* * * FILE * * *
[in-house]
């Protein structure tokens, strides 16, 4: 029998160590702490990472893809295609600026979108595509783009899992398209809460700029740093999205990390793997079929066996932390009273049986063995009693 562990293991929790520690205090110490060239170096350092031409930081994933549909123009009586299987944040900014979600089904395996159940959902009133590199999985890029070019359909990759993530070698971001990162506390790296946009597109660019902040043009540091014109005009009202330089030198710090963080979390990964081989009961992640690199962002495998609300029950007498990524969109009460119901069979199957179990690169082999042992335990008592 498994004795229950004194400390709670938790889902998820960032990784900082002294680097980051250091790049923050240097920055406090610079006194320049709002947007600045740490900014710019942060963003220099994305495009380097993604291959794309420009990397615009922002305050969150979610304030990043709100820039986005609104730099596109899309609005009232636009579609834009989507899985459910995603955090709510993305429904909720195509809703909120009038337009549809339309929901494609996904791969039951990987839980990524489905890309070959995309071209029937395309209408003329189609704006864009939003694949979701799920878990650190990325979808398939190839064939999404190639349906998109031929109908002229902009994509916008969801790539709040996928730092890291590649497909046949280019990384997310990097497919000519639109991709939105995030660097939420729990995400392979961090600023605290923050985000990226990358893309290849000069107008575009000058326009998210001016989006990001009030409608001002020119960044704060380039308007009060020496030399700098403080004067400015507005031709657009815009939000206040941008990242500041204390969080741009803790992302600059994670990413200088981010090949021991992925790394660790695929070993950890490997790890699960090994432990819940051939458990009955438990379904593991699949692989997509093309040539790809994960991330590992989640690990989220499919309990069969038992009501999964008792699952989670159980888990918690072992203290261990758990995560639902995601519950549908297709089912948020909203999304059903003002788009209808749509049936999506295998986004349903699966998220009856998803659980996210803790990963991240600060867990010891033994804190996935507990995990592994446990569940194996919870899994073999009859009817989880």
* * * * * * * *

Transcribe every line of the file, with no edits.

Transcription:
[in-house]
């Protein structure tokens, strides 16, 4: 029998160590702490990472893809295609600026979108595509783009899992398209809460700029740093999205990390793997079929066996932390009273049986063995009693 562990293991929790520690205090110490060239170096350092031409930081994933549909123009009586299987944040900014979600089904395996159940959902009133590199999985890029070019359909990759993530070698971001990162506390790296946009597109660019902040043009540091014109005009009202330089030198710090963080979390990964081989009961992640690199962002495998609300029950007498990524969109009460119901069979199957179990690169082999042992335990008592 498994004795229950004194400390709670938790889902998820960032990784900082002294680097980051250091790049923050240097920055406090610079006194320049709002947007600045740490900014710019942060963003220099994305495009380097993604291959794309420009990397615009922002305050969150979610304030990043709100820039986005609104730099596109899309609005009232636009579609834009989507899985459910995603955090709510993305429904909720195509809703909120009038337009549809339309929901494609996904791969039951990987839980990524489905890309070959995309071209029937395309209408003329189609704006864009939003694949979701799920878990650190990325979808398939190839064939999404190639349906998109031929109908002229902009994509916008969801790539709040996928730092890291590649497909046949280019990384997310990097497919000519639109991709939105995030660097939420729990995400392979961090600023605290923050985000990226990358893309290849000069107008575009000058326009998210001016989006990001009030409608001002020119960044704060380039308007009060020496030399700098403080004067400015507005031709657009815009939000206040941008990242500041204390969080741009803790992302600059994670990413200088981010090949021991992925790394660790695929070993950890490997790890699960090994432990819940051939458990009955438990379904593991699949692989997509093309040539790809994960991330590992989640690990989220499919309990069969038992009501999964008792699952989670159980888990918690072992203290261990758990995560639902995601519950549908297709089912948020909203999304059903003002788009209808749509049936999506295998986004349903699966998220009856998803659980996210803790990963991240600060867990010891033994804190996935507990995990592994446990569940194996919870899994073999009859009817989880």